Vincent Racaniello from This Week in Virology has a great post on his site about what happens to the immune system during the initial infection of an influenza virus:
During the earliest stages of a virus infection, cytokines are produced when innate immune defenses are activated. The rapid release of cytokines at the site of infection initiates new responses with far-reaching consequences that include inflammation.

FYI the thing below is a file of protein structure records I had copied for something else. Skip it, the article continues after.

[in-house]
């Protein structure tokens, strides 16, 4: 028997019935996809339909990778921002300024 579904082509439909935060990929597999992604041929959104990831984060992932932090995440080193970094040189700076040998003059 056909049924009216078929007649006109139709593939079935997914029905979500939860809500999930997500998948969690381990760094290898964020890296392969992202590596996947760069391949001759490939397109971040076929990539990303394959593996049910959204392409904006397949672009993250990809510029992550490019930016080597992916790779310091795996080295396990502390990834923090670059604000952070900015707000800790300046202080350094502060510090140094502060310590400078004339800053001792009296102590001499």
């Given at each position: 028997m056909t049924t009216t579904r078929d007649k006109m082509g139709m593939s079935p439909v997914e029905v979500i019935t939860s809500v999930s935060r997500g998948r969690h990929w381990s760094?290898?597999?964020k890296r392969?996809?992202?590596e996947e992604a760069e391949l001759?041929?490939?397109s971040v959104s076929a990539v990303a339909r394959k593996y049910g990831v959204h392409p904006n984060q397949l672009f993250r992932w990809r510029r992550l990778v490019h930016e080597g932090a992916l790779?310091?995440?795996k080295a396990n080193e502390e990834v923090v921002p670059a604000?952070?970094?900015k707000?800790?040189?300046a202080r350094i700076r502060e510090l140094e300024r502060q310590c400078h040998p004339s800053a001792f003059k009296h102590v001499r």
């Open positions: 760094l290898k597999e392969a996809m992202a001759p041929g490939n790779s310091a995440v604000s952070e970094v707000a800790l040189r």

One of the earliest cytokines produced is tumor necrosis factor alpha (TNF-α), which is synthesized by activated monocytes and macrophages. This cytokine changes nearby capillaries so that circulating white blood cells can be easily brought to the site of infection. TNF-α can also bind to receptors on infected cells and induce an antiviral response. Within seconds, a series of signals is initiated that leads to cell death, an attempt to prevent the spread of infection.